Of all the cases of economic espionage charged by the DOJ's National Security Division since 2012, more than 80% of them implicated China.World Politicsread more
Removing Neumann is a difficult decision for Son, who has long believed in WeWork and Neumann's vision to quickly expand the company.Technologyread more
In his new memoir, "The Ride of a Lifetime," Iger explains why he decided against the deal to buy Twitter.Technologyread more
"Whilst there is a big dispute at the moment, I think there's also potential for resolution," UBS chairman Axel Weber says of the U.S.-China trade negotiations.Singapore Summitread more
No quid pro quo, there was nothing," Trump said the call. "It was a perfect conversation."Politicsread more
On Sunday, the 71st Primetime Emmy Awards honored the best comedies, dramas, limited and variety series from the last year.Entertainmentread more
Cryptocurrency fans will hope the futures contracts, which are federally regulated, can provide some much-needed legitimacy to bitcoin.Cryptocurrencyread more
Despite mixed fan and critic reactions to the final season of "Game of Thrones," the eight-season epic took home the top prize in the drama category at the Emmy Awards on...Entertainmentread more
There are alternative financial centers and investors can turn to Singapore, Tokyo or Shanghai if Hong Kong doesn't "shape up," says the founder and chairman of Citic Capital.Singapore Summitread more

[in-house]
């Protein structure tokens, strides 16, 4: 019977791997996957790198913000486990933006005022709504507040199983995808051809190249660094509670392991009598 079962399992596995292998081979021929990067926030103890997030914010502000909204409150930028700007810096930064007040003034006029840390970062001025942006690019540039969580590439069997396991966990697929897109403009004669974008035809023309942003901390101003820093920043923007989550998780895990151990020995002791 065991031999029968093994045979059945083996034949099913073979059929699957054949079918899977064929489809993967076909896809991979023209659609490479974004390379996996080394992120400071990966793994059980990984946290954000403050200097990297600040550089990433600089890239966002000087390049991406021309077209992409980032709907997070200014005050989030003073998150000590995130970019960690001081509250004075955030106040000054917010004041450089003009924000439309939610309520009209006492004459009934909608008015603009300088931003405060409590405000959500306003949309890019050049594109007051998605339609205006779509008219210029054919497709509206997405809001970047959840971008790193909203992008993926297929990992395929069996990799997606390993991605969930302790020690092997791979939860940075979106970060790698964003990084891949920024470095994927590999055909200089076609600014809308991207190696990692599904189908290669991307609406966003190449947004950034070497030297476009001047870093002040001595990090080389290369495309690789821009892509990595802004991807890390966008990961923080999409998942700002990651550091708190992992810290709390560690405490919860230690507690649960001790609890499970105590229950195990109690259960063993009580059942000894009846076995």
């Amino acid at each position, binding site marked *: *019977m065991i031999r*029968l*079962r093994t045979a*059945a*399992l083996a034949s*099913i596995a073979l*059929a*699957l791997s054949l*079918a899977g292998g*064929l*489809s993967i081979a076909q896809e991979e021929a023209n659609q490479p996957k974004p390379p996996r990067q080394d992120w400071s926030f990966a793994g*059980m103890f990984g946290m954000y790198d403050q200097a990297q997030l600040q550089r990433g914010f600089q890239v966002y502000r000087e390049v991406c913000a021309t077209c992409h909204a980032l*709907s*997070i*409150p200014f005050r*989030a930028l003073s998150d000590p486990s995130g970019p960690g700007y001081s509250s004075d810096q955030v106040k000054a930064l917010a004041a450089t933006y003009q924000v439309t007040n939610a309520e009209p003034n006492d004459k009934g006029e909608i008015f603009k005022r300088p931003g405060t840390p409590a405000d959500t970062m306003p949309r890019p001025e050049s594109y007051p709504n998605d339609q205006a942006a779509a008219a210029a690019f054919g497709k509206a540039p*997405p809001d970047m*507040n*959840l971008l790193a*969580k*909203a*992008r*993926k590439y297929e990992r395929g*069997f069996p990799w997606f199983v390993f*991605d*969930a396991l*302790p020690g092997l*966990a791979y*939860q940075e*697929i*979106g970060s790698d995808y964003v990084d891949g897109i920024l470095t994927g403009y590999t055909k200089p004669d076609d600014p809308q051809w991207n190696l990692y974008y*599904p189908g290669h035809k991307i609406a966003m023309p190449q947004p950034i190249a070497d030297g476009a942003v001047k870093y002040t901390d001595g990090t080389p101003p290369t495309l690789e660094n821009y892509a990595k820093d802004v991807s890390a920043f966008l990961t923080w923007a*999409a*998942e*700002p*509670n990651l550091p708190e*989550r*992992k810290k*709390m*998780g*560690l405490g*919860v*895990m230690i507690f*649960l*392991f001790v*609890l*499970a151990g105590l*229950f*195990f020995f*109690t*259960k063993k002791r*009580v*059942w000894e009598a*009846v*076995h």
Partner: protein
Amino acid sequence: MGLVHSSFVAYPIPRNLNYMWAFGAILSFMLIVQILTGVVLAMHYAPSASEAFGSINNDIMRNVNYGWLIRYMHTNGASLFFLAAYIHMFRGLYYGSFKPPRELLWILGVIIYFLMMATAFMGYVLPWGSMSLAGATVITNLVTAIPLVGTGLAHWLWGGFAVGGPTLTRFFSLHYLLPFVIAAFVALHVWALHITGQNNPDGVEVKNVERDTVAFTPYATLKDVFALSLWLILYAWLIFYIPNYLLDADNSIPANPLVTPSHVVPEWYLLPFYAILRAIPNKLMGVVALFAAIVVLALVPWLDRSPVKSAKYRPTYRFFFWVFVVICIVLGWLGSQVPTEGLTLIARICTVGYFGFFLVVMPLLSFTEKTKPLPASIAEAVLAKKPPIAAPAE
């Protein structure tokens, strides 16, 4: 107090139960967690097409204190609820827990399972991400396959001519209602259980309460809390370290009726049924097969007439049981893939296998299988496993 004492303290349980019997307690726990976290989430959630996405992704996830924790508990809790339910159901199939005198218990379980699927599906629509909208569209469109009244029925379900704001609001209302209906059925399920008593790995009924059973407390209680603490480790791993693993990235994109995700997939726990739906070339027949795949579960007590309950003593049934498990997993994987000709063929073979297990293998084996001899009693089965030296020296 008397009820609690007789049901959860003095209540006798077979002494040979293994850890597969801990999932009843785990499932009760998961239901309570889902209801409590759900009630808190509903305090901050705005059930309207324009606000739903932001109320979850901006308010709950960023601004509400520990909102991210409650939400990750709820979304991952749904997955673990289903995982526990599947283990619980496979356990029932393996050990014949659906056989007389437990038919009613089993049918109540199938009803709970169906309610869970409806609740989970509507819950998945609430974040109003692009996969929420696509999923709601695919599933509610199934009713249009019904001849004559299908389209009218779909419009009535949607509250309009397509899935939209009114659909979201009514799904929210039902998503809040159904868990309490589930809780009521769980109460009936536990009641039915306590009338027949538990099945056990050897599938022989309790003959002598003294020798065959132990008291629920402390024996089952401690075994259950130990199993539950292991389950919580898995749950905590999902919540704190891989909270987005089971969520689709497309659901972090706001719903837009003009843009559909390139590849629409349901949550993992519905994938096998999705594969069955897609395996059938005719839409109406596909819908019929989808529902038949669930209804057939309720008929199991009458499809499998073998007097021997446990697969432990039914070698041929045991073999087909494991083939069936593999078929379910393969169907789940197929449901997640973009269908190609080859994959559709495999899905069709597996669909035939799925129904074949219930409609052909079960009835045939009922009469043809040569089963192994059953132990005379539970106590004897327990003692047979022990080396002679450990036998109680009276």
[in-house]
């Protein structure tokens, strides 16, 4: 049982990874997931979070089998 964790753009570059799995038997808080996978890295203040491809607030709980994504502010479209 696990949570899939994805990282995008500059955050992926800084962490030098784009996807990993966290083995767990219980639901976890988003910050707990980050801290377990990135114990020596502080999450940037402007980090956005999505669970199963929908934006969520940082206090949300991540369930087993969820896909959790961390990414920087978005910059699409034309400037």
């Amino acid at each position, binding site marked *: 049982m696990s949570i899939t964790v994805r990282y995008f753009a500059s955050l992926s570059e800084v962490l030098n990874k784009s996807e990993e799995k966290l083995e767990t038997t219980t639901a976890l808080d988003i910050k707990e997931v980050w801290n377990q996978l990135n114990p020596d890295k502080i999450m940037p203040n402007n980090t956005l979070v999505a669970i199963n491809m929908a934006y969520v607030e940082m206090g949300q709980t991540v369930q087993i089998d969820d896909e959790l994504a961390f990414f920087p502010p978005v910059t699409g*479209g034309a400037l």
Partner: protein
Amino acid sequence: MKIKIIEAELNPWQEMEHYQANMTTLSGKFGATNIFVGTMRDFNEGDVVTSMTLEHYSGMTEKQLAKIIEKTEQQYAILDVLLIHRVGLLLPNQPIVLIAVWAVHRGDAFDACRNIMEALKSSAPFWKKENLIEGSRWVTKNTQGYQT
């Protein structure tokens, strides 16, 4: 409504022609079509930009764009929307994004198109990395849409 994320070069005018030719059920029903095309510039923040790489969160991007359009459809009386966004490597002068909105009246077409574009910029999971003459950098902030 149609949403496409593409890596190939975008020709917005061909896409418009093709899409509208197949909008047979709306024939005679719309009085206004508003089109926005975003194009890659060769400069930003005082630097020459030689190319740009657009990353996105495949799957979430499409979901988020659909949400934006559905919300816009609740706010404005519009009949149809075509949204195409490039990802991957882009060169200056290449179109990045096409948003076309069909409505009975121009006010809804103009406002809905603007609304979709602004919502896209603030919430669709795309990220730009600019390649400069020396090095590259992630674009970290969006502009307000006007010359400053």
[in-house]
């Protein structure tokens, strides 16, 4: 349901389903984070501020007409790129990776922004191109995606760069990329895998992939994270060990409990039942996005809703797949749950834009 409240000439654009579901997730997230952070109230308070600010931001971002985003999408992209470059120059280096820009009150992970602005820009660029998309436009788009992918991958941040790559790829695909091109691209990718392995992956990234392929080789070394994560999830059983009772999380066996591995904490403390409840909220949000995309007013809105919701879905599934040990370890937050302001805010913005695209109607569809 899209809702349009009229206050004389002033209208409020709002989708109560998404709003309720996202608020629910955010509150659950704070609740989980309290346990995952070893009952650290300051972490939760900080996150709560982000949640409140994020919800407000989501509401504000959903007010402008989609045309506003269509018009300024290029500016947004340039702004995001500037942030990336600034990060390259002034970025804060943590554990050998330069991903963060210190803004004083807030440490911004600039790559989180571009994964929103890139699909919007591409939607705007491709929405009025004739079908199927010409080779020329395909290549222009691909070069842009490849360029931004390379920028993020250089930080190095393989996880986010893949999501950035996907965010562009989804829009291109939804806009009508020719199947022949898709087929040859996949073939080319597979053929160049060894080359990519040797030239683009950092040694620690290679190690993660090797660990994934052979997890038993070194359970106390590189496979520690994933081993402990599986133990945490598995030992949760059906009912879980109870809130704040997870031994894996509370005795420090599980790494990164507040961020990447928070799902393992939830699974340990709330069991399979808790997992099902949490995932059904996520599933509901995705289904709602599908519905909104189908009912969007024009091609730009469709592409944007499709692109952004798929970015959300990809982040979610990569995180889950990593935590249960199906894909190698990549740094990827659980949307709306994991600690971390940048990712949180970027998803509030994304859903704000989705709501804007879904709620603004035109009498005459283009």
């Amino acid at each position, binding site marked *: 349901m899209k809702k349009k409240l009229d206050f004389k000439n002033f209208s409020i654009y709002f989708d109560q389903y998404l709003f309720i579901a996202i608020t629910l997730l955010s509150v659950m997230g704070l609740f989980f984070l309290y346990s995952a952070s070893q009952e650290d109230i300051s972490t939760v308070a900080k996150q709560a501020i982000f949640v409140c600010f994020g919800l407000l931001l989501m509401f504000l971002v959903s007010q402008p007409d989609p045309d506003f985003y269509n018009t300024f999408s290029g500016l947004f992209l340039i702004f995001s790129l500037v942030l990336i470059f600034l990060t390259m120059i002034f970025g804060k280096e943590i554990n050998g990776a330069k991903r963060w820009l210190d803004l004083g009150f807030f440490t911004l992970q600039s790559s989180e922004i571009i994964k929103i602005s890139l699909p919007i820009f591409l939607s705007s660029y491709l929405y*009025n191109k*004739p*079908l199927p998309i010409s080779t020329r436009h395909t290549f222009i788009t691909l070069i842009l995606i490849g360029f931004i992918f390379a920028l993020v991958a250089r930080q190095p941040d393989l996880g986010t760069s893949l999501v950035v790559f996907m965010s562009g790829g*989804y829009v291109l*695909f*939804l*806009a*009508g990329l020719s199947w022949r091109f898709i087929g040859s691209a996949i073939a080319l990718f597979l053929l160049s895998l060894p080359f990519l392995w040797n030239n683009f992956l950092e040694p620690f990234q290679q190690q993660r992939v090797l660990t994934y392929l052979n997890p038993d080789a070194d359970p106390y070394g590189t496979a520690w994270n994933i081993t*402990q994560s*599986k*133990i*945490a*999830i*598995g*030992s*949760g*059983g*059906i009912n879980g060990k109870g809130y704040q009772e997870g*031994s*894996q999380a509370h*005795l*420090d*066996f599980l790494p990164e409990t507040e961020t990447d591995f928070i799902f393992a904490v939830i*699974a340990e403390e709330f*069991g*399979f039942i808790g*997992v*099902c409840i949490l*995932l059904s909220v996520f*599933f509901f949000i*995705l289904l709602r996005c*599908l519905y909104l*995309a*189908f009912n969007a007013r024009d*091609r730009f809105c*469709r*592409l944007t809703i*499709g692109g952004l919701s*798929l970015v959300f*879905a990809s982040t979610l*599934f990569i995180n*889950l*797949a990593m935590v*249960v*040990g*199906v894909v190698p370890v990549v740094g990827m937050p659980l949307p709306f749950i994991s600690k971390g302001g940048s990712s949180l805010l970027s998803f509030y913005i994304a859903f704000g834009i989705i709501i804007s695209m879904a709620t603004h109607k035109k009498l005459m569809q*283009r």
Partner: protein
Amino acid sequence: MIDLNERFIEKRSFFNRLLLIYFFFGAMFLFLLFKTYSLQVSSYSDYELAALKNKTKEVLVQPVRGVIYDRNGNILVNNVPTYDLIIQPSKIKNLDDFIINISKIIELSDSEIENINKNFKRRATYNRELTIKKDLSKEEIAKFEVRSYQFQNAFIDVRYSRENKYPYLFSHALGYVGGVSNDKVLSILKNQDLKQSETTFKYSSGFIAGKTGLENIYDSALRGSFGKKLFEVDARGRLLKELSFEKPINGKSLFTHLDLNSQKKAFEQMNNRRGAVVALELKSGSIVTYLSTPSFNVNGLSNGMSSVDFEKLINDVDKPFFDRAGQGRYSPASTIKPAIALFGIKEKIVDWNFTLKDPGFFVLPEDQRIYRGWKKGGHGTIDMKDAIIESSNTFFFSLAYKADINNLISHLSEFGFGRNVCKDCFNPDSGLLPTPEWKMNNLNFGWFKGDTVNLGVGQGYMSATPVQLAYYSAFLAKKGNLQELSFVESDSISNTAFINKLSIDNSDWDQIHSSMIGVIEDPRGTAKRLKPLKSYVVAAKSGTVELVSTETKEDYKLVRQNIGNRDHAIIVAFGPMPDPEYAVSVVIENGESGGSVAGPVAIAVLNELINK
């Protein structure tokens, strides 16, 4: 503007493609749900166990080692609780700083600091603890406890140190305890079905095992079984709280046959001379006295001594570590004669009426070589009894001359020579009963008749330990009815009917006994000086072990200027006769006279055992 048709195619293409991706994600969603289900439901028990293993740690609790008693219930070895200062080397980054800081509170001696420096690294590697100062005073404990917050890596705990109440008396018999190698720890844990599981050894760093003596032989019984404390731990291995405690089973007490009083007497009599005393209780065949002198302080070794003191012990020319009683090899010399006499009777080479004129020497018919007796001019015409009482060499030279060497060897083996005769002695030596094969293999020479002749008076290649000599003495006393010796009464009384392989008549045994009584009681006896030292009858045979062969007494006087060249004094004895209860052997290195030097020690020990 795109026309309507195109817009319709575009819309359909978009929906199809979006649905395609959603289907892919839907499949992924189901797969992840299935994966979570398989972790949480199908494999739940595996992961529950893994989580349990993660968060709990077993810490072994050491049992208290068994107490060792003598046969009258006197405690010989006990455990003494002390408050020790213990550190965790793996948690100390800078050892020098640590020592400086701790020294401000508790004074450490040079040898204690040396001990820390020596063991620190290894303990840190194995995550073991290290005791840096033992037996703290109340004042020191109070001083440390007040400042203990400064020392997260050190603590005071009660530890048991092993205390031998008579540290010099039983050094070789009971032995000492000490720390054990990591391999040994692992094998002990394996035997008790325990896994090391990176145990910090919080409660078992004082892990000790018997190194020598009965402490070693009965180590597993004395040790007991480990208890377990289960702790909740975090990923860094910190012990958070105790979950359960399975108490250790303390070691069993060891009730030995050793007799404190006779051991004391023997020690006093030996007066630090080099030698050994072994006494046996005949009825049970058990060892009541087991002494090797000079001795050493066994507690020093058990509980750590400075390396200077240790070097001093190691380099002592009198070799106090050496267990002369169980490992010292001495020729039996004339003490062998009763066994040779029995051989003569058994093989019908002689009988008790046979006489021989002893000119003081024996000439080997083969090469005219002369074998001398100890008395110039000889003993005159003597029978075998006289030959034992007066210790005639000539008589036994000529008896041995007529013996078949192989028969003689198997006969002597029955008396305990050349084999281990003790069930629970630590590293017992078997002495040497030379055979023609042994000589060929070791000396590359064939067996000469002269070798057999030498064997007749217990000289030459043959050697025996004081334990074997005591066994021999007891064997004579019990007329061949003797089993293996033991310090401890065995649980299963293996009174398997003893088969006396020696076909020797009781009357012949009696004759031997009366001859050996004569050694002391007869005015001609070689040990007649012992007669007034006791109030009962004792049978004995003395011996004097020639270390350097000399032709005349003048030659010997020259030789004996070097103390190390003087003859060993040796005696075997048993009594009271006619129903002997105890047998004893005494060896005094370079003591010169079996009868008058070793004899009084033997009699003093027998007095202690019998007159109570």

The Kingdom and oil and gas industry have been slow to shore up defenses, raising red flags about the possibility of longer term fall-out in the region.Technologyread more
Tensions between South Korea and Japan may ultimately disrupt the high-end tech sectors, says Heenam Choi, CEO at South Korea's sovereign wealth fund.Singapore Summitread more
Facebook on Thursday announced that it is removing accounts for Louis Farrakhan, Alex Jones, InfoWars, Paul Nehlen, Milo Yiannopoulos, Paul Joseph Watson and Laura Loomer from both Facebook and Instagram. Facebook had originally pulled some content from Alex Jones, including four pages, in August.
Despite the so-called ban, Alex Jones' InfoWars was quickly back online with a page titled "Infowars is Back" and a livestream where Alex Jones is talking about how he has been banned.
"Enforcement is happening as we speak, so accounts should be down shortly," a Facebook spokesperson told CNBC in an email. The stream disappeared shortly after that.
The delay is yet another sign that while huge companies such as Facebook and Google's YouTube have to fight to keep content under control, it's tough for both to monitor and remove accounts and content that can pop right back up with new pages. It's like a big game of whack-a-mole.
Facebook told NBC News earlier on Thursday that it had decided to ban the aforementioned accounts for various reasons, including calling for or carrying out acts of violence, following hateful ideologies, using hate speech or slurs and posting content that goes against Facebook's policies.
Facebook said it is working to remove all pages, groups and accounts associated with the people listed above.
Other Instagram and Facebook accounts that were supposed to be affected by the ban were also still running about an hour after the announcement.